FCC Robocalls

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FCC says anti-robocall technology must come by 2021

The rule requires phone providers to have the tech in place by June of next year.


Andrew Wyrich


Posted on Mar 31, 2020   Updated on Mar 31, 2020, 3:38 pm CDT

The Federal Communications Commission (FCC) on Tuesday approved a new rule that will require phone companies to use technology that can verify numbers—and curb robocalls—by next year.

The FCC will require phone companies to adopt standards known as STIR/SHAKEN. The technology will allow phone companies to verify caller ID information and a caller’s phone number, with the aim of reducing number spoofing.

The order requires the implementation of the technology by June 30, 2021. Several major companies like T-Mobile and AT&T have already begun rolling out the verification technology.

Last year Congress passed the TRACED Act—which was subsequently signed into law by President Donald Trump. The law makes STIR/SHAKEN mandatory for phone companies and required the FCC to make rules surrounding it.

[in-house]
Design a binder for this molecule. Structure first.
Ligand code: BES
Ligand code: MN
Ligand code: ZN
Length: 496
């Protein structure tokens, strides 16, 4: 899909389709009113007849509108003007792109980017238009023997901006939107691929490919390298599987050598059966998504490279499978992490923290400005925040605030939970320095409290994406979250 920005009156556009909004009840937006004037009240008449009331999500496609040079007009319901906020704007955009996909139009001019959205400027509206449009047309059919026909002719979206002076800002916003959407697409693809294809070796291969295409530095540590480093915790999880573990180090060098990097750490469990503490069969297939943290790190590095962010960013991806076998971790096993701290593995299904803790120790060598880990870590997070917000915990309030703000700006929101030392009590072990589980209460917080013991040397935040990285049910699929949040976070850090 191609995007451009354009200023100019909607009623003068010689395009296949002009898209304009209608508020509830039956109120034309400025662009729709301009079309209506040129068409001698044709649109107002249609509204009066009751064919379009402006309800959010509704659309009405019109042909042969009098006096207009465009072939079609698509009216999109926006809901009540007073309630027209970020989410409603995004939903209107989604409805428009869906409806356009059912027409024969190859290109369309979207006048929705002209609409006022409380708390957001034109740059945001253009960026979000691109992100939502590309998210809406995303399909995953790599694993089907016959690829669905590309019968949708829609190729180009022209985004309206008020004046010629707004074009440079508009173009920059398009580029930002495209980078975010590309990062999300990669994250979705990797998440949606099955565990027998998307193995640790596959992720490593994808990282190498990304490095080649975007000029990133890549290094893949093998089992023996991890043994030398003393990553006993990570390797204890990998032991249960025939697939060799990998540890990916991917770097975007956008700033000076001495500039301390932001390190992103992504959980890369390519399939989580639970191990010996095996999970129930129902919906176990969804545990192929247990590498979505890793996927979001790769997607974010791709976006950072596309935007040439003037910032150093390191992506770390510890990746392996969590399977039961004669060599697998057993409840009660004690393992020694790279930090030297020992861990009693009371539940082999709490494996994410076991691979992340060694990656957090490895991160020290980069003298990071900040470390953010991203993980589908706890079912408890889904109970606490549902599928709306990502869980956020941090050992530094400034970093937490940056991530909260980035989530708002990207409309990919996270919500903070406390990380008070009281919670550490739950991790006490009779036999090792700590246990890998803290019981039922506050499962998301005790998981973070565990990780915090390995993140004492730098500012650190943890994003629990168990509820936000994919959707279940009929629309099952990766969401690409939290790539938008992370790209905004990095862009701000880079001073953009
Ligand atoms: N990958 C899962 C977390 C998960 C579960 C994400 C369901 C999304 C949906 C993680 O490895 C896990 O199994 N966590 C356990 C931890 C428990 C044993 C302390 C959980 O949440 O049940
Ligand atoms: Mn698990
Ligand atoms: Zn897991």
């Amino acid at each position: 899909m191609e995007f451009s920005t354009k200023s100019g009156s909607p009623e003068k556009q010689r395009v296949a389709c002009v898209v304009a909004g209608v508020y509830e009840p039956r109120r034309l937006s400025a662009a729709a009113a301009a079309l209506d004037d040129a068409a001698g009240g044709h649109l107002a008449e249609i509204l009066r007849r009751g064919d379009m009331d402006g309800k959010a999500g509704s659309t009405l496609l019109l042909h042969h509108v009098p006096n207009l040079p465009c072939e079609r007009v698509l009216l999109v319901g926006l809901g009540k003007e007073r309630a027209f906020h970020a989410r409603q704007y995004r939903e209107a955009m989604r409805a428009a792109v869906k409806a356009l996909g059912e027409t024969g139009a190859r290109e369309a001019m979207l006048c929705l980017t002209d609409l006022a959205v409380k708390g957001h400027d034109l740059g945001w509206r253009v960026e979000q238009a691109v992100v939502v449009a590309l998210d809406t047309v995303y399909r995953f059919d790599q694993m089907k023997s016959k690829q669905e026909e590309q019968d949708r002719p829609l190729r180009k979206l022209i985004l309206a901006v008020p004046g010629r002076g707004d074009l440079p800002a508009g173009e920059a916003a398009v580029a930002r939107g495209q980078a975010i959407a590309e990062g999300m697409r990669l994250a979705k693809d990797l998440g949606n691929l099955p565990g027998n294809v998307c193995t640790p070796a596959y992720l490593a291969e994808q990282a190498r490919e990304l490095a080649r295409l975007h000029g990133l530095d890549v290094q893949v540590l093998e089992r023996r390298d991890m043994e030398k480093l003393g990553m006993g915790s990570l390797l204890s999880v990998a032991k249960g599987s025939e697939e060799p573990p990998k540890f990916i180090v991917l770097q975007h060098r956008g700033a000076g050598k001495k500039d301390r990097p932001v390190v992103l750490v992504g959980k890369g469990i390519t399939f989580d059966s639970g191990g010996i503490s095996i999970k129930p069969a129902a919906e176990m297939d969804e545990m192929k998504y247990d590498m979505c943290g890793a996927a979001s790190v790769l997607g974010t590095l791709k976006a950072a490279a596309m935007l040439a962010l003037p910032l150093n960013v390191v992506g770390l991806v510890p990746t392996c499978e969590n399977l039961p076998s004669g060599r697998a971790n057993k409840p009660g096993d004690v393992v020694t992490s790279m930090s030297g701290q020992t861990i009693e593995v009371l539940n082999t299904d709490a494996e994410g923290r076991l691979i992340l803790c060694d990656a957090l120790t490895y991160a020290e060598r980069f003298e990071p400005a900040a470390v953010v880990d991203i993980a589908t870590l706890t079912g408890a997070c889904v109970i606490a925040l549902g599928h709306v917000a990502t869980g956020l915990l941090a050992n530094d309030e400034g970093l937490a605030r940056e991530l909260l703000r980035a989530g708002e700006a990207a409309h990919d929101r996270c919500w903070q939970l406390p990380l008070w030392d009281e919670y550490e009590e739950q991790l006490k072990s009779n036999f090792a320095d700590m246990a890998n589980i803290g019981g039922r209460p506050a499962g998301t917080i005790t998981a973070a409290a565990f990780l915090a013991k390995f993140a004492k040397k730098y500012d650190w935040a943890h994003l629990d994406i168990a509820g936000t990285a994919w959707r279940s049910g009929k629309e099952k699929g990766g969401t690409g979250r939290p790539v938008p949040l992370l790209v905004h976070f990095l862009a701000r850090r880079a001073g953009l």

Earlier this month, the FCC warned people about coronavirus robocalls—including one that is offering free test kits and another about suspending Social Security because of “fraudulent activities.”

Other coronavirus robocall scams included telling people they can have sanitizers, toilet paper, and masks delivered to them and offers to do a “full air duct cleaning and sanitation to make sure the air you breathe is free of bacteria.”

Lawmakers have also urged the FCC to do more to combat coronavirus-related robocalls.


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*First Published: Mar 31, 2020, 3:37 pm CDT